<p><iframe src="https://docs.google.com/document/d/1w844NkcyFJXSe-QYI9MzGa1KMqKha4gDkllYKehx-SM/edit" width="100%" height="1200"></iframe></p>

Note that this one has editing/suggesting/commenting options. Again, the link How did I embed this differently? should give clear instructions on how to do this in Canvas.

There’s a nice post in the Canvas Community on this as well.

Google Forms as a Student Response System

I led a workshop Wednesday, March 30 from 2-4:30 on how to do this and get other types of formative feedback. Details here.

I’ve been figuring out how to use Google Forms as an alternative to costly student response systems (SRS, aka “clickers”). I presented on it at EDUCAUSE Connect in 2014 using Google Sites as a (clumsy) prototype that I had session participants access quickly with their devices at bit.ly/mobileconnect. But I haven’t had the time to dig into it since then. Our university has recently chosen TopHat as a supported SRS, but many faculty are hesitant to make students buy another thing, so I challenged myself to create an easy-to-use (for faculty and students) “clicker” system. The goals:

  1. use existing LMS, which now feature easy-to-access mobile versions for students who just bring their mobile devices, but also support laptop and tablet users.
  2. easy enough for any faculty who is willing to use TopHat to use
  3. support a good variety of questions (this does not support the “heat map” style questions)
  4. show a good variety of responses “live” for the class.

I looked to Google Forms, but not Google Sites this time. Whereas Google Sites is still clumsy, Google Forms is as easy (or easier) than TopHat to create quick surveys for formative in-class feedback (for instructor and students), and it looks good on a mobile device or laptop. Desire2Learn and Canvas both work generally well for quick mobile access (students can get in, get to their course, and find a unit or class page quickly), so if I could embed surveys and results there, I figured it should be easy to use in class.

But embedding surveys in an LMS is not new or challenging. Embedding live results is. Google Forms used to allow this (see this video at 0:30 for a view of the now-extinct “Publish Analytics” link), but no longer does.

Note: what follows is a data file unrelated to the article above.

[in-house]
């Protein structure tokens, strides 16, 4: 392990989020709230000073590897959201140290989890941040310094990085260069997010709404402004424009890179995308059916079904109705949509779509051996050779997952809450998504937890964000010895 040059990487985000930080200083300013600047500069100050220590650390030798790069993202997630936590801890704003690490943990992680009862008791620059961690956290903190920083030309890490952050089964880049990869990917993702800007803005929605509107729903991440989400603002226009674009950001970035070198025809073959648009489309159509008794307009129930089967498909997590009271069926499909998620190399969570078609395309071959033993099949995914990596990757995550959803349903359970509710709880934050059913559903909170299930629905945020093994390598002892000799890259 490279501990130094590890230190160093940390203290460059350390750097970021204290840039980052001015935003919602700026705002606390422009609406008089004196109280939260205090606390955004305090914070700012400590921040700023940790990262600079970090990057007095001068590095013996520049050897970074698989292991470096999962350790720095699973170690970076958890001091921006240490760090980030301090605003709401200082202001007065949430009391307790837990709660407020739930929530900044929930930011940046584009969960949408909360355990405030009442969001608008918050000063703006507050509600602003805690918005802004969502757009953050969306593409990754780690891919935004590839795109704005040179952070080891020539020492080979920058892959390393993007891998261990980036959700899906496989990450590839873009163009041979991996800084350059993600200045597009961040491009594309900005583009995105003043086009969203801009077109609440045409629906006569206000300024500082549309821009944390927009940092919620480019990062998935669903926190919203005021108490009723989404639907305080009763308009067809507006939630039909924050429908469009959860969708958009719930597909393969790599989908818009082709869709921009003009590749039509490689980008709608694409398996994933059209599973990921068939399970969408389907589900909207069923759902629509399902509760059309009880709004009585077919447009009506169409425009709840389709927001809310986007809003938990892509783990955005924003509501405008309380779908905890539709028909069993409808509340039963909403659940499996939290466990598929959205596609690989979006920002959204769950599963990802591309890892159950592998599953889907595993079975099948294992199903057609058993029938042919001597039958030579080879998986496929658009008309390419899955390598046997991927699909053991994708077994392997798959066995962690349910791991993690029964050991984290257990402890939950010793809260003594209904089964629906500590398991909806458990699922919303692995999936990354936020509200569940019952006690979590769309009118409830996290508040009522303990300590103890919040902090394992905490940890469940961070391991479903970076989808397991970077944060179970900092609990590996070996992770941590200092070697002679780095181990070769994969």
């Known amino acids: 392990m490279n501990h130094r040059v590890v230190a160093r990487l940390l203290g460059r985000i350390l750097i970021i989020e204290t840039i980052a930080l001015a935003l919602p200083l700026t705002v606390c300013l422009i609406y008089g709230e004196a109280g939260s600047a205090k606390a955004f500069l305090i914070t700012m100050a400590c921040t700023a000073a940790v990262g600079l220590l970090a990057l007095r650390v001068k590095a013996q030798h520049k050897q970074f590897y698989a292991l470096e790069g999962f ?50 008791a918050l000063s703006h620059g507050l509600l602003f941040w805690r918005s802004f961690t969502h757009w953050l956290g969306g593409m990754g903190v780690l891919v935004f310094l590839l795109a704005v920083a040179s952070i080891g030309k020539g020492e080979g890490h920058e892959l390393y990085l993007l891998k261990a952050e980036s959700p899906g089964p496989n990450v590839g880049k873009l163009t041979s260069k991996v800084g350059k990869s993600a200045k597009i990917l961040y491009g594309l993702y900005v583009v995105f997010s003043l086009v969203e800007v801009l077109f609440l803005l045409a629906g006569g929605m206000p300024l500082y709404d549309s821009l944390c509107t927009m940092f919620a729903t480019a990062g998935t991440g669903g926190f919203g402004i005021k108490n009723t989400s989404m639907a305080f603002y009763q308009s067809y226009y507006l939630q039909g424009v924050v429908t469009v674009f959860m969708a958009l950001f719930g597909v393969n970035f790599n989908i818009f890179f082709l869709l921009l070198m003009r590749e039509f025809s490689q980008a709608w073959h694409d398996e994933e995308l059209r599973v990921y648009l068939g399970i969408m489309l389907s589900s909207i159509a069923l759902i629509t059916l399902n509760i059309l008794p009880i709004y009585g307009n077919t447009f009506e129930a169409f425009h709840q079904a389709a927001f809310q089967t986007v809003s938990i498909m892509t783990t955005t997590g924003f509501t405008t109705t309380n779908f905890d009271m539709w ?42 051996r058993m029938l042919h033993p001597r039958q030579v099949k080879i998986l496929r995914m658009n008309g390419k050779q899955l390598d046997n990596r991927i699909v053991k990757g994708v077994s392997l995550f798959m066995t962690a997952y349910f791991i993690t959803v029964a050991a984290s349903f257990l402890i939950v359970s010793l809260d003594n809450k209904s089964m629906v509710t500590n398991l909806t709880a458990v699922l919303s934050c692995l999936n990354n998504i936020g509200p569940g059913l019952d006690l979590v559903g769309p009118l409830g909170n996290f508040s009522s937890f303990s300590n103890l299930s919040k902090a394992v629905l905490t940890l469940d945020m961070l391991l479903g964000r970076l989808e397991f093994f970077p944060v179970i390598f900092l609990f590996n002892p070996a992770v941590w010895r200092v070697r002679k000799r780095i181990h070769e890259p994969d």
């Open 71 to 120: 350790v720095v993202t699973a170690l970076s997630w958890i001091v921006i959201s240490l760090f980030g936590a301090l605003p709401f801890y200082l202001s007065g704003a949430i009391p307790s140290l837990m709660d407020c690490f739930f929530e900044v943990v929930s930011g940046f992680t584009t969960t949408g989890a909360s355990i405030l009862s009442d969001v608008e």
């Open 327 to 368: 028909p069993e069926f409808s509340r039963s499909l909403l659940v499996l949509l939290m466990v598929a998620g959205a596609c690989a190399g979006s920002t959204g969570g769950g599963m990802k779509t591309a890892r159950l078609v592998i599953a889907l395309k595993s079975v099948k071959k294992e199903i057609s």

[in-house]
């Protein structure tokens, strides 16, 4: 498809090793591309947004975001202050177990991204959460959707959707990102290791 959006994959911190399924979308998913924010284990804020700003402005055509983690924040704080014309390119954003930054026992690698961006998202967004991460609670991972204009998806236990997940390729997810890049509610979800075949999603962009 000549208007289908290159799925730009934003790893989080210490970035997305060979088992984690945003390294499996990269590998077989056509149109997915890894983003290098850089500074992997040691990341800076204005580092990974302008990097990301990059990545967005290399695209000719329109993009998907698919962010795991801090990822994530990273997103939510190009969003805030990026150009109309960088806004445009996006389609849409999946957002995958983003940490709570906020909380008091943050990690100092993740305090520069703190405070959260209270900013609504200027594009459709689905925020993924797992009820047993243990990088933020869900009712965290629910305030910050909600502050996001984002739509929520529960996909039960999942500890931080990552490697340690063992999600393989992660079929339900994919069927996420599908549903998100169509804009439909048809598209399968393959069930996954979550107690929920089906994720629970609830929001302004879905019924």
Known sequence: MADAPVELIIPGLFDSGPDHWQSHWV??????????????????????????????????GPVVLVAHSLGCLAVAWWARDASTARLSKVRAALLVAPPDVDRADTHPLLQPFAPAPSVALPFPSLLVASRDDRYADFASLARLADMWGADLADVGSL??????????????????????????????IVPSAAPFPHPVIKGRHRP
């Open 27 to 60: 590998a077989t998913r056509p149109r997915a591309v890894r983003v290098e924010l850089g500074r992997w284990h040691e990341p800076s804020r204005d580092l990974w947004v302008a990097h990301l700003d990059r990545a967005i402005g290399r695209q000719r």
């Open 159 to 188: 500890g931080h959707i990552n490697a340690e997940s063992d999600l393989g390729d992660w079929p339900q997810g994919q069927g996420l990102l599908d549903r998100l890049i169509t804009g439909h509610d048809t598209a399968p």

This is the form embedded as an iframe:

This should be the Google Form’s “Summary of Responses”embedded as an iframe (but does not appear to work):

The workaround is pretty simple, actually — to embed live results as a chart using all-Google products, you simply create a chart in the Google Sheet associated with the Form, and publish the form.This works in Canvas and D2L (and WordPress). Here’s an example of how that looks:

This video explains how to do that (pay attention at ~3:27 on)

If you don’t want such a finished look, or want to convey the data in more than one form, you can also put several on the sheet and embed that sheet, like this: [removed]

AwesomeTable also provided a solution.

This is AwesomeTable’s (free) “Live View”embedded as an iframe:


Communications Strategy — The Active Teaching Lab

Active Teaching Lab bannerWhile image is NOT everything, the presentation of a program is important in conveying what it’s really about. That’s why, in our communication plan, as in our sessions, we aim to be clear, playful, and branded.


We aim to make the language used in communications concise and clear, actively limiting unnecessary sentences and words. Because we understand the power of the visual, we will communicate with graphics as much and often as possible.


We know that learning is more effective when people are slightly, but not overly-stressed, so Active Teaching Lab sessions are designed to be safe and comfortable spaces. We add the stress needed to learn in pressuring participants to actually get hands-on with the tools and techniques presented. To minimize the fear of mistakes, we promote a playful and fearlessly experimental atmosphere (i.e. fearless sifting and winnowing). We model mistake-making in the facilitation of activities, and we’re never afraid to admit that we don’t (currently) know the answers to some of the trickier questions.

We strive to communicate an atmosphere of fearless playful experimentation through our communications. One currently popular archetype that expresses these things is Steampunk — the fearless tinkerer. Often paired and conflated with The Mad Scientist, these offer us many options for eye-catching and playful marketing images.

AT Lab Survey


Branding is important for pointing participants to other events held by the sponsoring organizations (e.g. “This was a great event! What else do you have for me?”) and for general recognition and praise (e.g. “I’ve been hearing great things about these ‘labs’ that AT does…”). Therefore, we use blurbs (with links to the websites of the sponsors when online) and logos when space permits.

We also recognize that branding is important for our speakers. They are working on promotion, on staying recognized in their field and to their peers. Since we cannot offer speakers a stipend, we strive both to make their experience as positive for them as possible, and to promote their expertise via pre-event marketing, and post-event accolades.

Siftr with Cathy Middlecamp